Definitions

from The American Heritage® Dictionary of the English Language, 4th Edition

  • n. A machine for shaping a piece of material, such as wood or metal, by rotating it rapidly along its axis while pressing a fixed cutting or abrading tool against it.
  • transitive v. To cut or shape on a lathe.

from Wiktionary, Creative Commons Attribution/Share-Alike License

  • v. To invite; bid; ask.
  • n. An administrative division of the county of Kent, in England, from the Anglo-Saxon period until it fell entirely out of use in the early twentieth century.
  • n. A machine tool used to shape a piece of material, or workpiece, by rotating the workpiece against a cutting tool.
  • n. The movable swing frame of a loom, carrying the reed for separating the warp threads and beating up the weft; a lay, or batten.
  • n. A granary; a barn.
  • v. To shape with a lathe.
  • v. To produce a 3D model by rotating a set of points around a fixed axis.

from the GNU version of the Collaborative International Dictionary of English

  • n. Formerly, a part or division of a county among the Anglo-Saxons. At present it consists of four or five hundreds, and is confined to the county of Kent.
  • n. A granary; a barn.
  • n. A machine for turning, that is, for shaping articles of wood, metal, or other material, by causing them to revolve while acted upon by a cutting tool.
  • n. The movable swing frame of a loom, carrying the reed for separating the warp threads and beating up the weft; -- called also lay and batten.

from The Century Dictionary and Cyclopedia

  • n. A machine for working wood, metals, or other substances by causing the material to turn with greater or less speed, according to the nature of the material and the work to be performed, before a tool which is held at rest relatively to the peripheral motion of the object operated upon.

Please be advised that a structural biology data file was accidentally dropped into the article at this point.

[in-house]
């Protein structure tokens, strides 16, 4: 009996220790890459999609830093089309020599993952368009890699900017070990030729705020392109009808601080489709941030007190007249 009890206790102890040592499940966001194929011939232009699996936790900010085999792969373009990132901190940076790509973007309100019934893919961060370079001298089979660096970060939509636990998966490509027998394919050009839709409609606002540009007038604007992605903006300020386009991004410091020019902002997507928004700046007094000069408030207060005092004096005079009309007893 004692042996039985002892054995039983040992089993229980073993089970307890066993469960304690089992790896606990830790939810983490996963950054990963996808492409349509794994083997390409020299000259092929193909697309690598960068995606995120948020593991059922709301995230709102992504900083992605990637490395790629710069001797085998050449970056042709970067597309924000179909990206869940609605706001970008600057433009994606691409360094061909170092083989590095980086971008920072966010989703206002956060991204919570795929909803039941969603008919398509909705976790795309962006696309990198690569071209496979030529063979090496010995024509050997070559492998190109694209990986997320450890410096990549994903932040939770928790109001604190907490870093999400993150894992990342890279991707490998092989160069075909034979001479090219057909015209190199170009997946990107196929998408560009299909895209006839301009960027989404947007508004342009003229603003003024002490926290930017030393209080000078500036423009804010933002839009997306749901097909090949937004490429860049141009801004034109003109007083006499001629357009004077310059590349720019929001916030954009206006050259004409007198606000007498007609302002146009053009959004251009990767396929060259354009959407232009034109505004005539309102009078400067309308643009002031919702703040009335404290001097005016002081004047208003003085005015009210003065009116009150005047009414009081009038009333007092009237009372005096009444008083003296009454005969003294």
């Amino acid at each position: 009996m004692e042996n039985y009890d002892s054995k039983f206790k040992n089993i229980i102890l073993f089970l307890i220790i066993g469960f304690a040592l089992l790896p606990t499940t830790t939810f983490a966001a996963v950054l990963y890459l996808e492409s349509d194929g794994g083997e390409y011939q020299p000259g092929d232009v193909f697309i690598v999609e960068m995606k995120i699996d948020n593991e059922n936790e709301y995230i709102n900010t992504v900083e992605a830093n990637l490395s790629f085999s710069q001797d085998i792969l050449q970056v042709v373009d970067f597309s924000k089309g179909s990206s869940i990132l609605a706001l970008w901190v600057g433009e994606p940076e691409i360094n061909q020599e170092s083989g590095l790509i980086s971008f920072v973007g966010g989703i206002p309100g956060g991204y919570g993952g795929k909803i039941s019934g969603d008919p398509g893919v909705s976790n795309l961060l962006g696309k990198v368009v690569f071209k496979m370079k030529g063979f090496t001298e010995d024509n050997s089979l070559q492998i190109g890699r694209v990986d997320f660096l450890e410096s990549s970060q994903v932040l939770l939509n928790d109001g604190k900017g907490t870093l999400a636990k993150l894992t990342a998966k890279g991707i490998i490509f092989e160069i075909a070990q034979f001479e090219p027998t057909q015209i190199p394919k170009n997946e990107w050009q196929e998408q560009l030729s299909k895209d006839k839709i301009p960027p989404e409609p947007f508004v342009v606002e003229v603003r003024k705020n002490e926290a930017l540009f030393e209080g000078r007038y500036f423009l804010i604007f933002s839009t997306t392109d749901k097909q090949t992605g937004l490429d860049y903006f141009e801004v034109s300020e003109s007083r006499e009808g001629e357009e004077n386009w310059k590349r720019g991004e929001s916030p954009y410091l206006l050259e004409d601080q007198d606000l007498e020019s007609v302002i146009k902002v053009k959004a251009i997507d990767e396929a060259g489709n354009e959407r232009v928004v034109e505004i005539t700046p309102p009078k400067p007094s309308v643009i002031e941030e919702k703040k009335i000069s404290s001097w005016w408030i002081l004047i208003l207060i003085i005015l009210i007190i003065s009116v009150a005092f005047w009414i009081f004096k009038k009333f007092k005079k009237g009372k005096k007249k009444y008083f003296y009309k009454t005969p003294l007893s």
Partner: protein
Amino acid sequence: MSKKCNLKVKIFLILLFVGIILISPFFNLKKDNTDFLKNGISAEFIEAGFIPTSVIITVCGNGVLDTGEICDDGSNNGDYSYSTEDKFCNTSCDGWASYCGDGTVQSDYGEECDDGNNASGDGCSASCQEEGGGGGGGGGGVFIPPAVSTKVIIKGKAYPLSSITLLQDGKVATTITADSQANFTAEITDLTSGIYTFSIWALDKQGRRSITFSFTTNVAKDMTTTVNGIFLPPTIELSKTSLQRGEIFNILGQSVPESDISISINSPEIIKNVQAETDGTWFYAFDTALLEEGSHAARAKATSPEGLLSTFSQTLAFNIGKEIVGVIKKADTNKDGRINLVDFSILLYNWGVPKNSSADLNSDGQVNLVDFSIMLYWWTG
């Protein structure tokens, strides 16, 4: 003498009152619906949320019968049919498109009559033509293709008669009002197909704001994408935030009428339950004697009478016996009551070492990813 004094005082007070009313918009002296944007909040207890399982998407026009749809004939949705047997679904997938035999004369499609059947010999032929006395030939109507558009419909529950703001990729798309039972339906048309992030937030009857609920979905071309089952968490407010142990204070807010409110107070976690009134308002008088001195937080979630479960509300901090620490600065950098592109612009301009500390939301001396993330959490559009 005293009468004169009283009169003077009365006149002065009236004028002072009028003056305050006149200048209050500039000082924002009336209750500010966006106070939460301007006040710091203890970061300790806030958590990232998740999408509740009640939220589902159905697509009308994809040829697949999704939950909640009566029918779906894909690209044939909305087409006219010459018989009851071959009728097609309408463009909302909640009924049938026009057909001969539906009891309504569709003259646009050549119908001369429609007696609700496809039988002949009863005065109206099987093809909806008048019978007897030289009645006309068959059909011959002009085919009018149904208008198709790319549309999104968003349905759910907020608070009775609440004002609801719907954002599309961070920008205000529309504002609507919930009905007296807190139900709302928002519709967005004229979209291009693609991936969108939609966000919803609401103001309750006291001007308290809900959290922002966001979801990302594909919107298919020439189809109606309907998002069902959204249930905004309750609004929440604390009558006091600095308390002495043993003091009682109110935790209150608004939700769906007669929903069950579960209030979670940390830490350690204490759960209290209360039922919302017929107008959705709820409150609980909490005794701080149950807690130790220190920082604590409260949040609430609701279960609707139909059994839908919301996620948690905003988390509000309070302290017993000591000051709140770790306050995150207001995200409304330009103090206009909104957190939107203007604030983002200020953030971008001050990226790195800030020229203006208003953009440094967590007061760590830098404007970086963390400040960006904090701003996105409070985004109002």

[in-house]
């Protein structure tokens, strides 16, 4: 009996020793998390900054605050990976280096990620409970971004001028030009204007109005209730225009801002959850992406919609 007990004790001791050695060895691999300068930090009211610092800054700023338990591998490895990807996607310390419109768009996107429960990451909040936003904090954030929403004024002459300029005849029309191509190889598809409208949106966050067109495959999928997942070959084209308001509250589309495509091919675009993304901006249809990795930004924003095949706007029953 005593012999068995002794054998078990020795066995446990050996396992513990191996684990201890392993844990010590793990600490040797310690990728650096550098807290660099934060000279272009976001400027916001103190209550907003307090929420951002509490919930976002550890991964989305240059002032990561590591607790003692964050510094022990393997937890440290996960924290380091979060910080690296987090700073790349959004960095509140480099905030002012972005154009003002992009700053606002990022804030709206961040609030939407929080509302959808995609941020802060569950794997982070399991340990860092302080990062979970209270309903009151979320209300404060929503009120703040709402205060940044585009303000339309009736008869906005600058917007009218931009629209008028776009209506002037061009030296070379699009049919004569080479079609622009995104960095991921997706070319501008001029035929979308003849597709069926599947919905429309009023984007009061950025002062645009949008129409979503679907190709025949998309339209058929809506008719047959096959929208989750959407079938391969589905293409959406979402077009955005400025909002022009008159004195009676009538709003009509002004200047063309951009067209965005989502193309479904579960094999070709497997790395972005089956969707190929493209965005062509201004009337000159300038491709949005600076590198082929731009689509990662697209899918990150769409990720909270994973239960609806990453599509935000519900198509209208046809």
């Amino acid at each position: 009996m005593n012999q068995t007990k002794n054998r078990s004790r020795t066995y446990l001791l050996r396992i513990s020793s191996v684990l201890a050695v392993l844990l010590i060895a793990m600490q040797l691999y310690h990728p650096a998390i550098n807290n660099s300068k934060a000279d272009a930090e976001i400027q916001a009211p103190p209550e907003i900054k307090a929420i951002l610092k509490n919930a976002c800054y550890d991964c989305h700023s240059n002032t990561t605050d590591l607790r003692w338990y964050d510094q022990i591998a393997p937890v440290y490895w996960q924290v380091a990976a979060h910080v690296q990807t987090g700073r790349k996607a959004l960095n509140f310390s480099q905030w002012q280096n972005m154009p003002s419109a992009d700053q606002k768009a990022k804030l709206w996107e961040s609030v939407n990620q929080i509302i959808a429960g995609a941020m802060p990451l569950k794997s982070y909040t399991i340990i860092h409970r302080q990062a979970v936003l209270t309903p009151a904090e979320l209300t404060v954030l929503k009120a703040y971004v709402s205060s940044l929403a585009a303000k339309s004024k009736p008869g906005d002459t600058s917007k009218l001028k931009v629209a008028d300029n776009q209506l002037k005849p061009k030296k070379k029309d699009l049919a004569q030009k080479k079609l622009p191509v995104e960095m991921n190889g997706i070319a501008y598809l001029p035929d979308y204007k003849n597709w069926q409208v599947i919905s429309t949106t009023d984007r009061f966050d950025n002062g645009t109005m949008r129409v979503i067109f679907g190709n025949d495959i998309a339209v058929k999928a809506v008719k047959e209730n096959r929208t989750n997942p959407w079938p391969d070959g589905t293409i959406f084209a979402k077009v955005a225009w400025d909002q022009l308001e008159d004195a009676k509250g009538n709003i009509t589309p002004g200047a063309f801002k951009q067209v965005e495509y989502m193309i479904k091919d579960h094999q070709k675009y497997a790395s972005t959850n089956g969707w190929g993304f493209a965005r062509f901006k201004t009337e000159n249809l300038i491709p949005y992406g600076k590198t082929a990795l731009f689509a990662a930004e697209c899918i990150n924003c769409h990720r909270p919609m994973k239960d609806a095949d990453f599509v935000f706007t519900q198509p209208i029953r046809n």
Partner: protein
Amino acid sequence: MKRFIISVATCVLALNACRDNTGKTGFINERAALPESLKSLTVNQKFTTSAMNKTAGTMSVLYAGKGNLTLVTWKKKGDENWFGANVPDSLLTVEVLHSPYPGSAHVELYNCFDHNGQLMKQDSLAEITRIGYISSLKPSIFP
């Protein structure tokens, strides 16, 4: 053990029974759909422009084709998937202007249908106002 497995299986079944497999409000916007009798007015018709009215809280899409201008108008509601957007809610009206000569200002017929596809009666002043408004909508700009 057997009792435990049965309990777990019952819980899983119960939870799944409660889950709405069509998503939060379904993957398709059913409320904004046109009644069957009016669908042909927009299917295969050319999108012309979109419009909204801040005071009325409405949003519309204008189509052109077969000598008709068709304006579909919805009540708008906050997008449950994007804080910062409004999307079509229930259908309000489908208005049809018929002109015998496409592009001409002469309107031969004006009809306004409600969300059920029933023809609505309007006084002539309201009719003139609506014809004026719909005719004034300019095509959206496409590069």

• n. That part of a loom in which the reed is fixed, and by the movements of which the weft-threads are laid parallel to each other, shot after shot, in the process of weaving.
  • n. A barn or granary.
  • n. In England, apart or large division of a county, comprising several hundreds: a term now confined to the county of Kent, in which there are five of these lathes or divisions. See rape.
  • To invite; bid; ask.
  • A Middle English form of loath.
  • A Middle English form of loathe.
  • n. See sanding-machine.

from WordNet 3.0 Copyright 2006 by Princeton University. All rights reserved.

  • n. machine tool for shaping metal or wood; the workpiece turns about a horizontal axis against a fixed tool

Etymologies

Middle English, a device used by coopers, perhaps a turning lathe, probably of Scandinavian origin.
(American Heritage® Dictionary of the English Language, Fourth Edition)
From Middle English lathen, from Old English laþian ("to invite, summon, call upon, ask"), from Proto-Germanic *laþōnan (“to invite”), from Proto-Indo-European *lēy- (“to want, desire”). Cognate with German laden ("to invite"), Icelandic laða ("to attract"), Albanian ledhë ("to flatter, spoil, caress"). (Wiktionary)
From Middle English *lath, from Old English lǣþ ("a division of a county containing several hundreds, a district, lathe"). (Wiktionary)
Middle English lath 'turning-lathe; stand', from Old Norse hlað 'pile, heap' (cf. Danish dialect lad 'stand, support frame' (as in drejelad 'turning-lathe', savelad 'saw bench'), Norwegian dialect la, lad 'pile, small wall', Swedish dialect lad 'folding table, lay of a loom'), from hlaða 'to load'. More at lade. (Wiktionary)

Examples

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